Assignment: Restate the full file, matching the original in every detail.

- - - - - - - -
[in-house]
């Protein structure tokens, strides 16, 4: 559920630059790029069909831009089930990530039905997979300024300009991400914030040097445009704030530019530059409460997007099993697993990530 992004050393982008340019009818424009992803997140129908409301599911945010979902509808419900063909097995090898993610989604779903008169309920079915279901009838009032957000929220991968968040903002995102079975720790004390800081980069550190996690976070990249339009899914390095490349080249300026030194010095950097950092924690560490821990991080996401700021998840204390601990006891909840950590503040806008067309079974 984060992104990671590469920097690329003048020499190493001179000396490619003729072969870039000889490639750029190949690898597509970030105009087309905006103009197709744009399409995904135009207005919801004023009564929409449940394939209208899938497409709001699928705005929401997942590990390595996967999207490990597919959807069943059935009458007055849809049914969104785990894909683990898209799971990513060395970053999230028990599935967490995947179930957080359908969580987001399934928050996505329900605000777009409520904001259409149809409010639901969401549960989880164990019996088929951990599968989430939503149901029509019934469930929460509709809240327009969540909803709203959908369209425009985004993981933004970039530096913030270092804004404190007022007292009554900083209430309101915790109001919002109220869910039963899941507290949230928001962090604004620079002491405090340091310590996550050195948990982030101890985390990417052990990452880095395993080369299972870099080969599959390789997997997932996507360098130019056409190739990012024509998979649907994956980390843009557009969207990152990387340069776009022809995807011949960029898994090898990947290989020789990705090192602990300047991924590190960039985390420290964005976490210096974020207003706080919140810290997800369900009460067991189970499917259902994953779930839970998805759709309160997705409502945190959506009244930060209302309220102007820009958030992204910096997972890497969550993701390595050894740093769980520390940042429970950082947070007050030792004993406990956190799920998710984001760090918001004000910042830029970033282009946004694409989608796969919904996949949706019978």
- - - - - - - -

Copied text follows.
[in-house]
């Protein structure tokens, strides 16, 4: 559920630059790029069909831009089930990530039905997979300024300009991400914030040097445009704030530019530059409460997007099993697993990530 992004050393982008340019009818424009992803997140129908409301599911945010979902509808419900063909097995090898993610989604779903008169309920079915279901009838009032957000929220991968968040903002995102079975720790004390800081980069550190996690976070990249339009899914390095490349080249300026030194010095950097950092924690560490821990991080996401700021998840204390601990006891909840950590503040806008067309079974 984060992104990671590469920097690329003048020499190493001179000396490619003729072969870039000889490639750029190949690898597509970030105009087309905006103009197709744009399409995904135009207005919801004023009564929409449940394939209208899938497409709001699928705005929401997942590990390595996967999207490990597919959807069943059935009458007055849809049914969104785990894909683990898209799971990513060395970053999230028990599935967490995947179930957080359908969580987001399934928050996505329900605000777009409520904001259409149809409010639901969401549960989880164990019996088929951990599968989430939503149901029509019934469930929460509709809240327009969540909803709203959908369209425009985004993981933004970039530096913030270092804004404190007022007292009554900083209430309101915790109001919002109220869910039963899941507290949230928001962090604004620079002491405090340091310590996550050195948990982030101890985390990417052990990452880095395993080369299972870099080969599959390789997997997932996507360098130019056409190739990012024509998979649907994956980390843009557009969207990152990387340069776009022809995807011949960029898994090898990947290989020789990705090192602990300047991924590190960039985390420290964005976490210096974020207003706080919140810290997800369900009460067991189970499917259902994953779930839970998805759709309160997705409502945190959506009244930060209302309220102007820009958030992204910096997972890497969550993701390595050894740093769980520390940042429970950082947070007050030792004993406990956190799920998710984001760090918001004000910042830029970033282009946004694409989608796969919904996949949706019978």